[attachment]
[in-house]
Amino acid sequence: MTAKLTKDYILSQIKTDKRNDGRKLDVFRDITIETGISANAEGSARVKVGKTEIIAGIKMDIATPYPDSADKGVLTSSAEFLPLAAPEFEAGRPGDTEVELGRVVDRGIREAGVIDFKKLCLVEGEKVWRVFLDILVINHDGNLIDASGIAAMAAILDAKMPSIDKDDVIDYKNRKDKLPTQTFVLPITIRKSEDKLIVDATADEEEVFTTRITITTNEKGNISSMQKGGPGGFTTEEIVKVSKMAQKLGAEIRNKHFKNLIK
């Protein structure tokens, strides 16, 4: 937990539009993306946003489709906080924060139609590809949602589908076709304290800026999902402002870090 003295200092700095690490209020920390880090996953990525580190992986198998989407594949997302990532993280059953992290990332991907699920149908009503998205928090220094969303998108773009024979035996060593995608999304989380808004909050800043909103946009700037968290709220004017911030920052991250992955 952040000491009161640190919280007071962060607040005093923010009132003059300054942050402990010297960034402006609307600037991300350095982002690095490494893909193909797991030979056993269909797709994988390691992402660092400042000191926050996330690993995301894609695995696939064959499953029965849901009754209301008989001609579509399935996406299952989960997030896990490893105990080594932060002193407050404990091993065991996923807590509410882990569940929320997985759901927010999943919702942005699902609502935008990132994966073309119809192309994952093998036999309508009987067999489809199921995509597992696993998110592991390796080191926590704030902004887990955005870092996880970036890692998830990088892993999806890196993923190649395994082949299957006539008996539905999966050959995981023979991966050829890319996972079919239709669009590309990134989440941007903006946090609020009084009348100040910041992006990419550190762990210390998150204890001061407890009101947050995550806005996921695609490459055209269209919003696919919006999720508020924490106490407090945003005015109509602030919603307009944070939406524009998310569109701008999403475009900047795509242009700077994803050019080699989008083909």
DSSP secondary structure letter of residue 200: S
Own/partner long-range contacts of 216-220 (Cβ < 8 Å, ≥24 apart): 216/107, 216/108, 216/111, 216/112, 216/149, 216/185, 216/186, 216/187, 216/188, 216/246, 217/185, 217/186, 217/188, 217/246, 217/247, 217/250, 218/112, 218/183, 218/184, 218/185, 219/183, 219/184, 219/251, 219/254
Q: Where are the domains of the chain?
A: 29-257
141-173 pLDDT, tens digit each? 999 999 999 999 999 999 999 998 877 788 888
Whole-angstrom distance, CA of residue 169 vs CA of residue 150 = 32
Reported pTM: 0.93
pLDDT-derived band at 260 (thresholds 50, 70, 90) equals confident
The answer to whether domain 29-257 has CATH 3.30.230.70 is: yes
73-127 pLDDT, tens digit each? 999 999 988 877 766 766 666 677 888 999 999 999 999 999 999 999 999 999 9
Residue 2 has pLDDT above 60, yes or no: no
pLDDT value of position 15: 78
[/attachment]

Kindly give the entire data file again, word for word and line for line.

[in-house]
Amino acid sequence: MTAKLTKDYILSQIKTDKRNDGRKLDVFRDITIETGISANAEGSARVKVGKTEIIAGIKMDIATPYPDSADKGVLTSSAEFLPLAAPEFEAGRPGDTEVELGRVVDRGIREAGVIDFKKLCLVEGEKVWRVFLDILVINHDGNLIDASGIAAMAAILDAKMPSIDKDDVIDYKNRKDKLPTQTFVLPITIRKSEDKLIVDATADEEEVFTTRITITTNEKGNISSMQKGGPGGFTTEEIVKVSKMAQKLGAEIRNKHFKNLIK
């Protein structure tokens, strides 16, 4: 937990539009993306946003489709906080924060139609590809949602589908076709304290800026999902402002870090 003295200092700095690490209020920390880090996953990525580190992986198998989407594949997302990532993280059953992290990332991907699920149908009503998205928090220094969303998108773009024979035996060593995608999304989380808004909050800043909103946009700037968290709220004017911030920052991250992955 952040000491009161640190919280007071962060607040005093923010009132003059300054942050402990010297960034402006609307600037991300350095982002690095490494893909193909797991030979056993269909797709994988390691992402660092400042000191926050996330690993995301894609695995696939064959499953029965849901009754209301008989001609579509399935996406299952989960997030896990490893105990080594932060002193407050404990091993065991996923807590509410882990569940929320997985759901927010999943919702942005699902609502935008990132994966073309119809192309994952093998036999309508009987067999489809199921995509597992696993998110592991390796080191926590704030902004887990955005870092996880970036890692998830990088892993999806890196993923190649395994082949299957006539008996539905999966050959995981023979991966050829890319996972079919239709669009590309990134989440941007903006946090609020009084009348100040910041992006990419550190762990210390998150204890001061407890009101947050995550806005996921695609490459055209269209919003696919919006999720508020924490106490407090945003005015109509602030919603307009944070939406524009998310569109701008999403475009900047795509242009700077994803050019080699989008083909």
DSSP secondary structure letter of residue 200: S
Own/partner long-range contacts of 216-220 (Cβ < 8 Å, ≥24 apart): 216/107, 216/108, 216/111, 216/112, 216/149, 216/185, 216/186, 216/187, 216/188, 216/246, 217/185, 217/186, 217/188, 217/246, 217/247, 217/250, 218/112, 218/183, 218/184, 218/185, 219/183, 219/184, 219/251, 219/254
Q: Where are the domains of the chain?
A: 29-257
141-173 pLDDT, tens digit each? 999 999 999 999 999 999 999 998 877 788 888
Whole-angstrom distance, CA of residue 169 vs CA of residue 150 = 32
Reported pTM: 0.93
pLDDT-derived band at 260 (thresholds 50, 70, 90) equals confident
The answer to whether domain 29-257 has CATH 3.30.230.70 is: yes
73-127 pLDDT, tens digit each? 999 999 988 877 766 766 666 677 888 999 999 999 999 999 999 999 999 999 9
Residue 2 has pLDDT above 60, yes or no: no
pLDDT value of position 15: 78